How to make Duck Confit:
A traditional method of storing Duck for a long time. So easy to buy in large tins by local producers here, but so easy too, to buy tubs of duck fat if you want to try it…

Legs and wings of duck only
Melted duck fat
1 bay leaf
Some thyme/sage/rosemary
Plenty of salt.
Put some salt and herbs in a flat container (and some garlic if you want to) and place the duck on top. Sprinkle with some more salt and leave overnight.
Brush off the salt and put the duck in an oven proof container. Pour melted duck fat over the top, you can use a mixture of duck fat and olive oil if you need more, as you need to cover the pieces. Cook in a really low oven (100°C/225°F) for about 3 or 4 hours. Leave in the pot in its fat and it will store in the fridge for weeks. Crisp up the duck legs in a frying pan when you are ready to use them, and keep the fat for frying or roasting potatoes!


1. Glutton.
The nice thing about living in France is that foodie pleasure can be found in many forms.
Take election time. Elections in a small village such as ours consists of being given just one list of the mayor and his team that you are going to vote for. So either you vote for them all and the vote is counted, or you don’t vote at all. Apparently, you can cross someone off the team that you really don’t like, but I’m not sure if that was just advice from a local with a vendetta!
So off we trot with our one piece of paper in its envelope, stand behind the screen and pretend to do something (I was humming your standard strip-tease music, but no-one laughed), before posting it in the box, and a few weeks later it is time for the village celebrations to honour the Mayor and his team, the conseilleurs.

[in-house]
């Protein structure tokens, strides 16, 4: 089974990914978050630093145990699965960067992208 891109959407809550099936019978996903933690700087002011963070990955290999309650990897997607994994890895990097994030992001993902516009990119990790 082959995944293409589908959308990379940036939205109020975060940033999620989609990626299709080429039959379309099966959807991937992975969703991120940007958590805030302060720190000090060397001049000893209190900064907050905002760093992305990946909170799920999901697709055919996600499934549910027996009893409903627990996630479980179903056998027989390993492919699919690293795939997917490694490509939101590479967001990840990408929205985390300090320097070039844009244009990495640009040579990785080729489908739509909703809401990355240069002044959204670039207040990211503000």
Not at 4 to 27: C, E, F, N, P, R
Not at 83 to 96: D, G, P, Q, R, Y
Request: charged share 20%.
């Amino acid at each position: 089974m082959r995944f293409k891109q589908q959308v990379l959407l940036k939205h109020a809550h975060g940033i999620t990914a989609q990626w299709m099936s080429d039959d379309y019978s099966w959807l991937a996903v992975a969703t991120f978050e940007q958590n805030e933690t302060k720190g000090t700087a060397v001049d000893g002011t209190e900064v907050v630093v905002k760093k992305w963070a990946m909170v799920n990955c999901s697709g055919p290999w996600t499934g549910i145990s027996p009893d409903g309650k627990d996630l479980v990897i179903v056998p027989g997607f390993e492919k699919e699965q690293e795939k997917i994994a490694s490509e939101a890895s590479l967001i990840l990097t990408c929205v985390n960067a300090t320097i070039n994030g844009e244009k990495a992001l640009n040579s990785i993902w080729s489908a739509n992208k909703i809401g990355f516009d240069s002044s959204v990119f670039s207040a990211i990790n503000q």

Because this was happening around the same time as la fête de la victoire, the ritual began with a victory day observance. WWII Victory Day is a holiday to celebrate the end of World War II (when Charles de Gaulle announced the end of World War II in France on May 8, 1945.) and thus Frances freedom. They remember those who died during the war. Interestingly, no one died for their country from this village in WWII (so they read out the names of WWI fallen instead) as the actual war for the French was very short before they were occupied. But this is a muddy subject as this doesn’t take into account people sent to work elsewhere in Europe, the resistance, deportation…
Anyway, on to the new Mayor’s speech (except he forgot to put his tri-colour sash on to be all mayor-like) and the serious business of eating and drinking. Here is the Glutton and the pleasure bit. The new conseilleurs had gone all out to welcome the community. A lovely spring evening, lots of fabulous ancient faces from the older residents of the village, and a good sprinkling of young kids running around too. Not only did we have those favourites of mine, crisps and cola (see post 14/04) there were Quich-y bits and pate-on-bread bits and lashings of cheap rosé, of which I drank far too much… so it was very easy and a totally enjoyable evening to boot to be a Glutton.